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Channel Surfing: "Brothers & Sisters" Thins Out Cast, Bill Lawrence Talks "Scrubs" Future, Kingston Scrubs in for "ER," and More

Welcome to your Tuesday morning television briefing. Only a few major headlines this morning, though I am still literally shaking after watching the first two episodes of Season Five of Lost yesterday afternoon. (Nearly 24 hours later and I still can't get it out of my head, but that's hardly surprising.)

The Walker clan is getting thinned out a little bit. According to Michael Ausiello, Brothers & Sisters' Balthazar Getty was told last week that his option as a full-time series regular was not being picked up for next season. However, Getty is said to be in talks with producers to remain on the series, perhaps in a recurring role. Decision to reduce Getty's role is due to both budgetary and storyline reasons, though some insiders have pointed to Getty's "difficult" behavior of late. (Entertainment Weekly's Ausiello Files)

Bill Lawrence--the creator of Scrubs, which moves from NBC to ABC on January 6th--talks to the New York Times about writing the ending for the medical comedy. Only that ending is now in question as ABC debates whether or not to continue the series without Lawrence or series lead Zach Braff... or the same title. In a possible move that could signal the future of the series, Lawrence is bringing in a new batch of interns for Season Eight, who will star in a series of webisodes alongside the linear series. (New York Times)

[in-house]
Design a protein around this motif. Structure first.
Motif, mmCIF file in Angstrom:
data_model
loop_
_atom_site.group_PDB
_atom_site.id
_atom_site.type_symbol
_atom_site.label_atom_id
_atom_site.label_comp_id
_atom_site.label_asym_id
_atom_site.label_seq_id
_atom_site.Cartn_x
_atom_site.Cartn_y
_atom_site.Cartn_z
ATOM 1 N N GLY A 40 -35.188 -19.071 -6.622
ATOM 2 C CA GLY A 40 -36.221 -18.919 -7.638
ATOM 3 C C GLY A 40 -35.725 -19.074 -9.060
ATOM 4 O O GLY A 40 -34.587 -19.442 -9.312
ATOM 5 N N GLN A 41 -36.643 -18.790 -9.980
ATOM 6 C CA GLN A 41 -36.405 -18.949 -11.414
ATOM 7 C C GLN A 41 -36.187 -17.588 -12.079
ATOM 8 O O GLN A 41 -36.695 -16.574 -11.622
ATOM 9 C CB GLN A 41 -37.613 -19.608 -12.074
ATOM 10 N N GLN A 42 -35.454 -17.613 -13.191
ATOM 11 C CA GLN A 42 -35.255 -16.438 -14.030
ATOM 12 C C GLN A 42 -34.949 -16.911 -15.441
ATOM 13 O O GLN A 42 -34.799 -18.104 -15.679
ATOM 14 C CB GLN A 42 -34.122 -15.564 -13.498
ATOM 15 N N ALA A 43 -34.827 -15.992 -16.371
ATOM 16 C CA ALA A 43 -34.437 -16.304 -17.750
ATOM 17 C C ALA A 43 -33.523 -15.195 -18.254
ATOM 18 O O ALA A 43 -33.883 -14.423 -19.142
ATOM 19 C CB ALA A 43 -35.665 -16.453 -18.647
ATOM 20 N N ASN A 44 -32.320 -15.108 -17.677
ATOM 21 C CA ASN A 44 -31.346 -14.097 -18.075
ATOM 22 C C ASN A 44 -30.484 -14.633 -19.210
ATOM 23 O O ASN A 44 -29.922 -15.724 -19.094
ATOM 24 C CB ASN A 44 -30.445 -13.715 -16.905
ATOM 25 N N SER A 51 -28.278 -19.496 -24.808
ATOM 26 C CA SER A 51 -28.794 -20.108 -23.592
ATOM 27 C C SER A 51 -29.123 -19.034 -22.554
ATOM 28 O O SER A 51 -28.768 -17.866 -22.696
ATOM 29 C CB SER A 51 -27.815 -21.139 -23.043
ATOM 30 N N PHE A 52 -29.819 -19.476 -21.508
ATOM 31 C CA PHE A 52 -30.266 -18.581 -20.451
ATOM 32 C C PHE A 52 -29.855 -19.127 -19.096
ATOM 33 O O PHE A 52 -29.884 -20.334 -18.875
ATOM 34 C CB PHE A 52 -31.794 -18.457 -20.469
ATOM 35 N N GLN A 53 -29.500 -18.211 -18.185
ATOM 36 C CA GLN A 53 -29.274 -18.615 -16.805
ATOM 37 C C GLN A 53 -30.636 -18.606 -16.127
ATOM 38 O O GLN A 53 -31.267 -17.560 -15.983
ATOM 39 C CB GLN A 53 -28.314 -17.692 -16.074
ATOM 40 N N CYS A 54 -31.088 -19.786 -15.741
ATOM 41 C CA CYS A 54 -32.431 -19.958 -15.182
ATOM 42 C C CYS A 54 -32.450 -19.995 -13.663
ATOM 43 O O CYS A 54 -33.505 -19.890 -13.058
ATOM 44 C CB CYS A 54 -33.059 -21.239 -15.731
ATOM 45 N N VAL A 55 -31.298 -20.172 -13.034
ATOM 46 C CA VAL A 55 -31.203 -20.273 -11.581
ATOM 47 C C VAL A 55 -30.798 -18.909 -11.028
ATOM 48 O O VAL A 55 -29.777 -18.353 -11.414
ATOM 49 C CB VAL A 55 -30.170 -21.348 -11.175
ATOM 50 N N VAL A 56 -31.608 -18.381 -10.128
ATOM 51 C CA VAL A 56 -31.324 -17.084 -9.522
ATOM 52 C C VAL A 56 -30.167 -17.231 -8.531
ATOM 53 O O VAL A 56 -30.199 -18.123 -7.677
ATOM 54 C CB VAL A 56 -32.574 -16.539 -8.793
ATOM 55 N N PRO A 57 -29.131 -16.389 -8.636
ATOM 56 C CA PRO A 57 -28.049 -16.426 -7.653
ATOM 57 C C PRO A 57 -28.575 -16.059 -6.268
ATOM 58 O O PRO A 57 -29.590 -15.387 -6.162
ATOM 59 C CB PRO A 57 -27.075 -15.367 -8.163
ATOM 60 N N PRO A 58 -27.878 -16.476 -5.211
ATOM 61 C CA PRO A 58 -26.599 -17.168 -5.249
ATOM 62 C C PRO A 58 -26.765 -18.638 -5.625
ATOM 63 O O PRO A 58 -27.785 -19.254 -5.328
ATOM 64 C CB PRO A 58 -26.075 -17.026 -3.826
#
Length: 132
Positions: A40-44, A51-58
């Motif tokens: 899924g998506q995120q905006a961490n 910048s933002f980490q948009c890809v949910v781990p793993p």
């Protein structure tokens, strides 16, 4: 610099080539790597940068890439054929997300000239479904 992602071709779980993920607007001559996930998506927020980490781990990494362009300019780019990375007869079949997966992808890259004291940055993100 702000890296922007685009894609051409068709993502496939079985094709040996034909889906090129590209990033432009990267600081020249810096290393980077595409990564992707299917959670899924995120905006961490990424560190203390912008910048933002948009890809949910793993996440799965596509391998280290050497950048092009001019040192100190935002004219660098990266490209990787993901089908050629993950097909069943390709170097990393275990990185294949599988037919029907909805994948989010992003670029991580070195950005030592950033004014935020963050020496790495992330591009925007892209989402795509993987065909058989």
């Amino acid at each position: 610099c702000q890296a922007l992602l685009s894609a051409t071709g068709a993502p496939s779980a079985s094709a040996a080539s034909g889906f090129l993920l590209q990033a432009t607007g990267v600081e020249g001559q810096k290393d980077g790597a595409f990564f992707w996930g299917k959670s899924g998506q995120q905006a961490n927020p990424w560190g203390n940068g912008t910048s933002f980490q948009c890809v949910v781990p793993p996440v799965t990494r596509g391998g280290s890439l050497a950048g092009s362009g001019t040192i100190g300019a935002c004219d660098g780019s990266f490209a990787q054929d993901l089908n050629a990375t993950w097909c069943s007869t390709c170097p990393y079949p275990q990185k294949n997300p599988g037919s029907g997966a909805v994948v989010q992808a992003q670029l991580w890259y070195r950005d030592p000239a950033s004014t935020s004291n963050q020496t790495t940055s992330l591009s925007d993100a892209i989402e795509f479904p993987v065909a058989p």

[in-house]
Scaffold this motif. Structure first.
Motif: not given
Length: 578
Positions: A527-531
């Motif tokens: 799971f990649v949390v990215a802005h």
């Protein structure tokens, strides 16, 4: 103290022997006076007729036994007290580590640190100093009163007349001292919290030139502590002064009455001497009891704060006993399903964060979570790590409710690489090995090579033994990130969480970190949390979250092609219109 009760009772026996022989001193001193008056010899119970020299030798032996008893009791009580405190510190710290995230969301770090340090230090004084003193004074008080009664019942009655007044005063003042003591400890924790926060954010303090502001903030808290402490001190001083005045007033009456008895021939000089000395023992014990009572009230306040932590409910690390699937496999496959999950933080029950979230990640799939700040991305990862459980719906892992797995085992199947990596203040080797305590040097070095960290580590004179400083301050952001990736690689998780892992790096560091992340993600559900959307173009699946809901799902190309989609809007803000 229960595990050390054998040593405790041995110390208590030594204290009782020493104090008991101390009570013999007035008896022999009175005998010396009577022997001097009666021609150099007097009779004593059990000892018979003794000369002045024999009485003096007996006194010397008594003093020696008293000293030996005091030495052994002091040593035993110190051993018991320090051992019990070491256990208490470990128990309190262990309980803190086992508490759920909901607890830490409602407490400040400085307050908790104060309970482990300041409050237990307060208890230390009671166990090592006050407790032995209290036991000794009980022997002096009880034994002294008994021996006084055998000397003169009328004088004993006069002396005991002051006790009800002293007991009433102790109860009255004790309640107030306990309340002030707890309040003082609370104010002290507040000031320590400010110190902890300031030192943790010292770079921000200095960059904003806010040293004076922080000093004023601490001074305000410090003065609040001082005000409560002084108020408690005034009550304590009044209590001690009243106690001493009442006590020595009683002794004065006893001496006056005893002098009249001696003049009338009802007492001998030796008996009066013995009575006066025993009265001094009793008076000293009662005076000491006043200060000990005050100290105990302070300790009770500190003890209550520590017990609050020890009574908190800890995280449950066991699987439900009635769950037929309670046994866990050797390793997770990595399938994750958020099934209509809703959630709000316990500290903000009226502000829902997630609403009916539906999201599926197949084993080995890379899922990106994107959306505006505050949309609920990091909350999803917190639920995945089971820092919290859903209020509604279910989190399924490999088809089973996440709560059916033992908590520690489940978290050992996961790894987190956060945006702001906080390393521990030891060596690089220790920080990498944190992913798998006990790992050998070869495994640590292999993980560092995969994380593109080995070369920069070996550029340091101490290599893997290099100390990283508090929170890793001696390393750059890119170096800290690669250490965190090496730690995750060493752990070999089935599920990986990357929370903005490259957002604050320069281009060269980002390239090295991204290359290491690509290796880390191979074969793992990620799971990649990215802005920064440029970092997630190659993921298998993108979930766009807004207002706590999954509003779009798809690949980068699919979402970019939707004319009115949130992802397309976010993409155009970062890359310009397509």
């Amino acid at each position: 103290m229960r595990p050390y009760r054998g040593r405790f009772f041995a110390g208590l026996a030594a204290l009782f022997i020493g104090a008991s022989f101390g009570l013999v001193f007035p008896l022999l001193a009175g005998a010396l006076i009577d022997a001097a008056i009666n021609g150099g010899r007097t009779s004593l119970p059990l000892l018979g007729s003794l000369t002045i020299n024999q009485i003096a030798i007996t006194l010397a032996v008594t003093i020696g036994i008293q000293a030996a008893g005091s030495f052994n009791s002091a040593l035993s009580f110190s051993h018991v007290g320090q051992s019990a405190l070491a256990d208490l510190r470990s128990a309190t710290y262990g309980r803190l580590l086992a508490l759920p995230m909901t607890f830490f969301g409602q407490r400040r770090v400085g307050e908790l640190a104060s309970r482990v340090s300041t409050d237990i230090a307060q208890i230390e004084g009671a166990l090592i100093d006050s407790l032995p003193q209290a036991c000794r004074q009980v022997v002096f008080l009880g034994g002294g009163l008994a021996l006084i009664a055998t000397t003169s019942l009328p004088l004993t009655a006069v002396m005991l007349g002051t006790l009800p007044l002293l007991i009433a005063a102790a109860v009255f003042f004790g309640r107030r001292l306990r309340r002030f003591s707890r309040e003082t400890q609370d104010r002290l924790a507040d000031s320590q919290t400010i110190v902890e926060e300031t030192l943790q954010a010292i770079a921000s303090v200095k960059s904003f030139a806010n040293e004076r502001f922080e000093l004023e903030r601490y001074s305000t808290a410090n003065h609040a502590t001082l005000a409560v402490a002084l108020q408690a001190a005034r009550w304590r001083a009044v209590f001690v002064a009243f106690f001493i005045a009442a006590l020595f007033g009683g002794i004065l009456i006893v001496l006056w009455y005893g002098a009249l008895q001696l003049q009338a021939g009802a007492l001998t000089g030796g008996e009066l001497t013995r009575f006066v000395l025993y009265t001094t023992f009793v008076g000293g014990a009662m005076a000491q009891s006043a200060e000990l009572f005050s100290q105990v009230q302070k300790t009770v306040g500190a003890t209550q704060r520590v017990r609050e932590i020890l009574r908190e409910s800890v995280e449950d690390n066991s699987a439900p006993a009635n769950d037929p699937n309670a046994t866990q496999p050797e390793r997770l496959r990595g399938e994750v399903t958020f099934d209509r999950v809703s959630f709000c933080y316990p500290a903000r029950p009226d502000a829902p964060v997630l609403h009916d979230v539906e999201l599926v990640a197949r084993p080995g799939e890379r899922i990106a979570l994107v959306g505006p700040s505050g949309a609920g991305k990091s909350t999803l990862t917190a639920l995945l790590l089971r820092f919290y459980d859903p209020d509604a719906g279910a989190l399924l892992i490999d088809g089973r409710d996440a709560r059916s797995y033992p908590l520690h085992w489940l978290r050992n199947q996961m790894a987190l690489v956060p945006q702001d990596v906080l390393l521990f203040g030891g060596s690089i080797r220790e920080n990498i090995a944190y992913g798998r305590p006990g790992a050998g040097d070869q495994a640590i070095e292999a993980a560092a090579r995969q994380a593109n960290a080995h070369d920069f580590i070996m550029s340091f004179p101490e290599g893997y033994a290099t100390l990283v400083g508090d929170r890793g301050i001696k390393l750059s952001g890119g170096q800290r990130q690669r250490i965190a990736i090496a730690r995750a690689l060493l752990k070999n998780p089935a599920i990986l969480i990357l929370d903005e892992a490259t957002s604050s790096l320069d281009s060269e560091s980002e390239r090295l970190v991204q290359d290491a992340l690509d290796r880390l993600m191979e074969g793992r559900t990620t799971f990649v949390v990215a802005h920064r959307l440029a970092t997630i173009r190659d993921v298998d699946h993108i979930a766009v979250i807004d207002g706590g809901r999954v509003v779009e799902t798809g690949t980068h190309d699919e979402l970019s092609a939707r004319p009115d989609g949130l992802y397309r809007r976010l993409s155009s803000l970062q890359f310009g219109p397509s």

Alex Kingston will return to NBC's ER for the series' January 15th episode, where her character Dr. Elizabeth Corday--last seen on the series five years ago--runs into Parminder Nagra's Neela at an attending interview. ER's series finale is slated to air March 12th. (TV Guide)

Michael Pitt (Funny Games) will star opposite Steve Buscemi and Kelly Macdonald in Martin Scorsese and Terence Winter's HBO drama pilot Boardwalk Empire, about the origins of Atlantic City. (Hollywood Reporter)

The graphic content of Season Three of BBC's Torchwood--airing over five consecutive nights this spring--will be toned down so as to avoid being heavily edited for US broadcast, according to series star John Barrowman. "We're not swearing or doing anything close to the bone because it's been a huge success in the US and the networks won't accept it with all that stuff in it," said Barrowman."We're doing everything so it doesn't have to be heavily edited for the US... I'll still be getting naked and it will still be saucy - but it's done with taste." (Digital Spy)

"What NBC does best these days is turn its failures into The New Broadcast TV Paradigm." So says The Washington Post's Lisa de Moraes, who takes a look at the declining fortunes of NBC, struggling to tie with FOX for last place among the broadcast networks. "In just a few short years, NBC, once the best brand in broadcast TV, has become virtually irrelevant," writes de Moraes. "This season has been a particularly lousy one for the network, leading even former journalist-disciples of the network to pen pieces about its 'sad' descent and its 'lack of quality inventory.'" (
The Washington Post)

USA Today talks to Brody Jenner and Whitney Port, the stars of MTV's upcoming reality series Bromance and The City respectively. Says Jenner about his upcoming series which looks to pair the former Hills star with a new male friend, "I've always been a person that's totally comfortable with my sexuality and showing my affections with my guy friends." (USA Today)

Stay tuned.


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